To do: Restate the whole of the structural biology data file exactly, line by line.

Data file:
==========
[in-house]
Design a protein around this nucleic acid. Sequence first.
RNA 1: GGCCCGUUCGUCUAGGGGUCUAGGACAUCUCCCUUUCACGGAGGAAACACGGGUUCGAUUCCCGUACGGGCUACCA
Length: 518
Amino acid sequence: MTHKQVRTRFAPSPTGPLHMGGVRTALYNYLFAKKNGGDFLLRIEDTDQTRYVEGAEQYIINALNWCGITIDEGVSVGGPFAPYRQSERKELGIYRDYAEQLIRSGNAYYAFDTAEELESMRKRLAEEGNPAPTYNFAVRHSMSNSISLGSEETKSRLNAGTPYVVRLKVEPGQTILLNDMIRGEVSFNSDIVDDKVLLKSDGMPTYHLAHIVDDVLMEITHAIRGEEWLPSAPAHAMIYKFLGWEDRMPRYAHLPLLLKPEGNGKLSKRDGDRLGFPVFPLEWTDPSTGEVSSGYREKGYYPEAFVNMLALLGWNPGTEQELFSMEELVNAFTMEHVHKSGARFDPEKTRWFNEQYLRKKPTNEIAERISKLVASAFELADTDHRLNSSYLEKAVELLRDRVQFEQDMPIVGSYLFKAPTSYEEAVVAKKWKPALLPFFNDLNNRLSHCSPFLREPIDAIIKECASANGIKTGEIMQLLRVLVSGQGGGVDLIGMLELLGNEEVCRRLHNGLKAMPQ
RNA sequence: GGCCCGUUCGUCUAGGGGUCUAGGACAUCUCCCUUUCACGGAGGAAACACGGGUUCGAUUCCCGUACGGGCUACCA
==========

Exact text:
[in-house]
Design a protein around this nucleic acid. Sequence first.
RNA 1: GGCCCGUUCGUCUAGGGGUCUAGGACAUCUCCCUUUCACGGAGGAAACACGGGUUCGAUUCCCGUACGGGCUACCA
Length: 518
Amino acid sequence: MTHKQVRTRFAPSPTGPLHMGGVRTALYNYLFAKKNGGDFLLRIEDTDQTRYVEGAEQYIINALNWCGITIDEGVSVGGPFAPYRQSERKELGIYRDYAEQLIRSGNAYYAFDTAEELESMRKRLAEEGNPAPTYNFAVRHSMSNSISLGSEETKSRLNAGTPYVVRLKVEPGQTILLNDMIRGEVSFNSDIVDDKVLLKSDGMPTYHLAHIVDDVLMEITHAIRGEEWLPSAPAHAMIYKFLGWEDRMPRYAHLPLLLKPEGNGKLSKRDGDRLGFPVFPLEWTDPSTGEVSSGYREKGYYPEAFVNMLALLGWNPGTEQELFSMEELVNAFTMEHVHKSGARFDPEKTRWFNEQYLRKKPTNEIAERISKLVASAFELADTDHRLNSSYLEKAVELLRDRVQFEQDMPIVGSYLFKAPTSYEEAVVAKKWKPALLPFFNDLNNRLSHCSPFLREPIDAIIKECASANGIKTGEIMQLLRVLVSGQGGGVDLIGMLELLGNEEVCRRLHNGLKAMPQ
RNA sequence: GGCCCGUUCGUCUAGGGGUCUAGGACAUCUCCCUUUCACGGAGGAAACACGGGUUCGAUUCCCGUACGGGCUACCA